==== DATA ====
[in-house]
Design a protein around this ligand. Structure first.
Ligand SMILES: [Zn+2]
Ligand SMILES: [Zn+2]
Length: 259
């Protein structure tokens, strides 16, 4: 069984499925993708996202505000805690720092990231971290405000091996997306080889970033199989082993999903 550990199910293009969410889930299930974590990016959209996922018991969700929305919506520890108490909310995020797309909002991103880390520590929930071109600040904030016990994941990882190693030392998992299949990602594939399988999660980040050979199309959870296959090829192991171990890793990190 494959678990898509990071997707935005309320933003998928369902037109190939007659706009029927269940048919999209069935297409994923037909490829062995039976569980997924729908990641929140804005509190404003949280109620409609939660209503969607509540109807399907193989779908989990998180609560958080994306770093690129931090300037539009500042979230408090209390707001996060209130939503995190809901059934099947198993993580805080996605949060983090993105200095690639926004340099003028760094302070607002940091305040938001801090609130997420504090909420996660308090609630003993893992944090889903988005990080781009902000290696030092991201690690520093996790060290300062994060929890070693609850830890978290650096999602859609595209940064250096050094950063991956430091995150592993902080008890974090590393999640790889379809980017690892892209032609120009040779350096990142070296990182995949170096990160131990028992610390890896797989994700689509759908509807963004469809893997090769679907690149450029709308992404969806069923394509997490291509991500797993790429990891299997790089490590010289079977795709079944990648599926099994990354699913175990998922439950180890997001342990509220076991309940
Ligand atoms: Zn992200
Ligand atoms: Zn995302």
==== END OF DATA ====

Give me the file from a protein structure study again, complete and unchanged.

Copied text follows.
[in-house]
Design a protein around this ligand. Structure first.
Ligand SMILES: [Zn+2]
Ligand SMILES: [Zn+2]
Length: 259
């Protein structure tokens, strides 16, 4: 069984499925993708996202505000805690720092990231971290405000091996997306080889970033199989082993999903 550990199910293009969410889930299930974590990016959209996922018991969700929305919506520890108490909310995020797309909002991103880390520590929930071109600040904030016990994941990882190693030392998992299949990602594939399988999660980040050979199309959870296959090829192991171990890793990190 494959678990898509990071997707935005309320933003998928369902037109190939007659706009029927269940048919999209069935297409994923037909490829062995039976569980997924729908990641929140804005509190404003949280109620409609939660209503969607509540109807399907193989779908989990998180609560958080994306770093690129931090300037539009500042979230408090209390707001996060209130939503995190809901059934099947198993993580805080996605949060983090993105200095690639926004340099003028760094302070607002940091305040938001801090609130997420504090909420996660308090609630003993893992944090889903988005990080781009902000290696030092991201690690520093996790060290300062994060929890070693609850830890978290650096999602859609595209940064250096050094950063991956430091995150592993902080008890974090590393999640790889379809980017690892892209032609120009040779350096990142070296990182995949170096990160131990028992610390890896797989994700689509759908509807963004469809893997090769679907690149450029709308992404969806069923394509997490291509991500797993790429990891299997790089490590010289079977795709079944990648599926099994990354699913175990998922439950180890997001342990509220076991309940
Ligand atoms: Zn992200
Ligand atoms: Zn995302």